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Database 10g update to feature more automation

If Oracle has its way, the vast majority of database management functions will soon be fully automated.

If Oracle has its way, the vast majority of database management functions will soon be fully automated. To find out more about those plans, recently spoke with Willie Hardie, Oracle senior director of database product marketing, and Monica Kumar, Oracle senior manager of Linux product marketing. We also talked about what Oracle is doing in the area of grid computing and Oracle's attitudes toward its open source competitors.

We've put a lot of focus into... this whole concept of self-managing databases.
Willy Hardy
senior director of database product marketingOracle Corp.

Can you tell me a little bit about the upcoming Oracle 10g Database release 2?

Willie Hardie: Oracle Database 10g has been out since January 2004. The release 2 that will come out in the summer is the next major [update] of that initial release. What we've put a lot of focus into -- with the initial 10g release and you'll see more of this with the subsequent release -- is this whole concept of self-managing databases and automating a lot of the traditional manual processes that have to take place to implement and maintain database applications. With Oracle Database 10g, we introduced a lot of automated self-managing features. For example, we automated the management of memory, we automated the management of storage and we automated the backup and recovery process.

A new features of Oracle Database 10g is something called Oracle HTML DB. Can you explain this addition?

Hardie: This is basically a power user tool to help users that traditionally manage information or data in spreadsheets or in desktop databases. We're giving them a browser interface so that if you've got a browser you can load data into your database, you can share that data with your colleagues, you can analyze that data and you can update that data. With a tool like HTML DB, you can consolidate all of those disparate spreadsheets.

You mentioned that Oracle has been conducting grid computing return on investment (ROI) studies with customers. What have you found?

Hardie: We've been doing a lot of work with customers [including the Chicago Stock Exchange and Ohio Savings Bank] on ROI studies around their adoption of grid computing. What you'll see is they're all basically looking at total cost of ownership. All of those customers with different types of applications were all making cost savings through consolidating their disparate applications, moving off proprietary platforms and consolidating onto clustered rack implementations using Linux.

There is a lot of confusion around different vendors' definitions of grid computing. So, just for the record, how does Oracle define grid computing?

Hardie: The simple definition of it is different computing resources acting as one single large computer.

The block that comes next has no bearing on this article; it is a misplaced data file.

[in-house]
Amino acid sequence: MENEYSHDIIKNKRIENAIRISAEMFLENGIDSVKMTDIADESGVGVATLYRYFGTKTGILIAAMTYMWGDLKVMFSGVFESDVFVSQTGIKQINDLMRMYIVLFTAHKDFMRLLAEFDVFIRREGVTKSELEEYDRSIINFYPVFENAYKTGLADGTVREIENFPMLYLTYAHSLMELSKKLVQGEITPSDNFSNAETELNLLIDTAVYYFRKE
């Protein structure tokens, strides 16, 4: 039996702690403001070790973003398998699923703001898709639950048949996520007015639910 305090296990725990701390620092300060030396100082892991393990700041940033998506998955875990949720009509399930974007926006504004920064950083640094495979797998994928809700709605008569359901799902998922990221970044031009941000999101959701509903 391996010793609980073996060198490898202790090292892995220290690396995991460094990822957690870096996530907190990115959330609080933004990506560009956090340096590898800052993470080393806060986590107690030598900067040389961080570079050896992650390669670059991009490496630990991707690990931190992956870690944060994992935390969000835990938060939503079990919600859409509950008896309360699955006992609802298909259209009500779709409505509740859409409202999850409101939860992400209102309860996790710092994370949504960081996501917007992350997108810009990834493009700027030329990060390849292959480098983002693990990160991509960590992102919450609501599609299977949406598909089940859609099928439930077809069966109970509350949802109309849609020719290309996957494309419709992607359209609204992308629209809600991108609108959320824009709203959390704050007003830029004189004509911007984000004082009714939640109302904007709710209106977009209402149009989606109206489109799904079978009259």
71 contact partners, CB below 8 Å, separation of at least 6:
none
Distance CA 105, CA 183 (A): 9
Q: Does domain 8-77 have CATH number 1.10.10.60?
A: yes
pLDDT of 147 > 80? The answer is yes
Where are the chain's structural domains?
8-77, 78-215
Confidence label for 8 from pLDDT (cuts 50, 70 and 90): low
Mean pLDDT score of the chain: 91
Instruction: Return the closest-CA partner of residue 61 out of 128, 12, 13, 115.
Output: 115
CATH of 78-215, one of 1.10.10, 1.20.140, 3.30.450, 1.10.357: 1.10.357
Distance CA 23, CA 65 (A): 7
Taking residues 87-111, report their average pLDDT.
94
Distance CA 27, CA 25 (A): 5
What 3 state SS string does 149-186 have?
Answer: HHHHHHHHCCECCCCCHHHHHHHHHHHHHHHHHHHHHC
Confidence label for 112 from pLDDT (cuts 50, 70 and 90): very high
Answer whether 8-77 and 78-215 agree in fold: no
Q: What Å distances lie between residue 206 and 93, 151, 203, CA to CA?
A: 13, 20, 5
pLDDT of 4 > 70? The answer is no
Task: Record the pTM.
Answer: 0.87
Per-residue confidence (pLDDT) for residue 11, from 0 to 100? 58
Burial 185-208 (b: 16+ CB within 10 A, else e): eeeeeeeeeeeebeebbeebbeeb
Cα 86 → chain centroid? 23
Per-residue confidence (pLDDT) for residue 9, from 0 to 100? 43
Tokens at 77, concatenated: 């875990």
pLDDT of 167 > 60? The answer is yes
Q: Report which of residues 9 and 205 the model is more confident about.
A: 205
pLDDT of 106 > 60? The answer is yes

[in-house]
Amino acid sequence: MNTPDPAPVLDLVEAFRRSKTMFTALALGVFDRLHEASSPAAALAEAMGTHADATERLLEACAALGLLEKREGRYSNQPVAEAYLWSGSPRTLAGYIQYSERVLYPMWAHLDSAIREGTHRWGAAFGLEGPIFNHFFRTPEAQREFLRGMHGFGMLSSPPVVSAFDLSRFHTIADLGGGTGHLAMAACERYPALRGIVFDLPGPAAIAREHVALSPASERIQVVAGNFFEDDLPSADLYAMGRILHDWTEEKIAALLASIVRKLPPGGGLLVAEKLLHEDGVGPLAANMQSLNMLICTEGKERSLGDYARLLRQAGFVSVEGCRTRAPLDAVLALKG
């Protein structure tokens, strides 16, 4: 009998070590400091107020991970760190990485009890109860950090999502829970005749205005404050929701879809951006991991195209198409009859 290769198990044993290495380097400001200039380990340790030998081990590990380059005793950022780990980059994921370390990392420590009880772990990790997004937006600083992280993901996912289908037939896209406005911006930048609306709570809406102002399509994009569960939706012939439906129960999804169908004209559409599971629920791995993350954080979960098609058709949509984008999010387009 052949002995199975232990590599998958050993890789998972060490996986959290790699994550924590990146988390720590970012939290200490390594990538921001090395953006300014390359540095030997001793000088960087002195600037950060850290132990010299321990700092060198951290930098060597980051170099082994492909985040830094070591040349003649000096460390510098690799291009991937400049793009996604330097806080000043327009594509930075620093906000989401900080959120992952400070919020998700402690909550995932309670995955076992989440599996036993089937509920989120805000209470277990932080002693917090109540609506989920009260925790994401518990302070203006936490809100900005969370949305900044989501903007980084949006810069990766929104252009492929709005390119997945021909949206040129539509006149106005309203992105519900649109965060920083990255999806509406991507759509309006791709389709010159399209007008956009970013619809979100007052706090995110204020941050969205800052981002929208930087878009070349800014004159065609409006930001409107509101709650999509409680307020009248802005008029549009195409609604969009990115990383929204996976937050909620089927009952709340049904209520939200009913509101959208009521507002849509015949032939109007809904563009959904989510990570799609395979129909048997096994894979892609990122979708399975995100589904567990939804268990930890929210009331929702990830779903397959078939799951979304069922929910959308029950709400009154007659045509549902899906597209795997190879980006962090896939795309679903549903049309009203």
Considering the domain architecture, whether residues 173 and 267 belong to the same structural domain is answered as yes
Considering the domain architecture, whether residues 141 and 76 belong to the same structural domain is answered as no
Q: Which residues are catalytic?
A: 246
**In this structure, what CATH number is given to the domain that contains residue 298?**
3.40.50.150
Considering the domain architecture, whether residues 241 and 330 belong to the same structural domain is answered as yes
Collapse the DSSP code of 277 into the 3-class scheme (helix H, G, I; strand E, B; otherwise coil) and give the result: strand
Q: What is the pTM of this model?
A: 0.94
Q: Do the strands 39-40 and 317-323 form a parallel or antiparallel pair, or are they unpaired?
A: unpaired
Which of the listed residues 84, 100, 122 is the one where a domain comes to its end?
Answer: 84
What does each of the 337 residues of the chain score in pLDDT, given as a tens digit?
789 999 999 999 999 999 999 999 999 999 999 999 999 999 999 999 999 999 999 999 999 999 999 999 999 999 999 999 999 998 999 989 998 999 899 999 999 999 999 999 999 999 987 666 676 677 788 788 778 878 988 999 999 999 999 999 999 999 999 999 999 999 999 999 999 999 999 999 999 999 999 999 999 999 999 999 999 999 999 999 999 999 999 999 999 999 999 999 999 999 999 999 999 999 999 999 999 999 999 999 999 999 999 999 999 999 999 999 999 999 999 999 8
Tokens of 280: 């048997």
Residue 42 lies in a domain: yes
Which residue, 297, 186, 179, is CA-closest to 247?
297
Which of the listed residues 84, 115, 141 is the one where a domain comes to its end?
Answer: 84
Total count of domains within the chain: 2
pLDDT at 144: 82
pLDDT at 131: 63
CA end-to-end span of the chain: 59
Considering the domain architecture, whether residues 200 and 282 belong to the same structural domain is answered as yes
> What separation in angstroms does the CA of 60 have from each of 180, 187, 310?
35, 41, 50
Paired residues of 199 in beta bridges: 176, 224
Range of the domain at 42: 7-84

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What components of Oracle 10g are geared toward grid computing?

Hardie: From an infrastructure point of view, we offer storage management to manage all the data sitting on disks. And we offer Oracle Database 10g with features like real applications clusters to allow you to cluster database servers across a series of small modular servers like Intel/Linux boxes. We also offer Oracle Application Server 10g to handle that middleware layer in the overall infrastructure. So, [our grid computing offering] is basically comprised of three components, including storage grids, application server grids and the database server grid. Pulling all of that together, you have what we call Enterprise Manager Grid Control to manage your entire grid infrastructure, which is comprised of a series of modular units that link together.

What is Oracle's attitude to open source?

Monica Kumar: Oracle owns 50% of the Linux RDBMS market even though these open source databases have been around for a while now. I think there is an area for [open source database management systems] to be there at the really low end where people are using it for development purposes or whatnot. But really, Oracle is the leading database when it comes to Linux at this point.

An increasing number of traditionally proprietary vendors have been dabbling in open source lately. Would Oracle ever consider doing something like that?

Kumar: That's an area we don't have a comment on today.

How are some of your customers using Oracle on Linux?

Kumar: The big one that comes to mind is consolidation. We have many customers, big ones and midmarket ones, who are looking to consolidate either data or applications in the data center, are looking to automate or are looking to reduce the number of environments that they have running in the data center. Linux definitely is the platform of choice for many of our customers.

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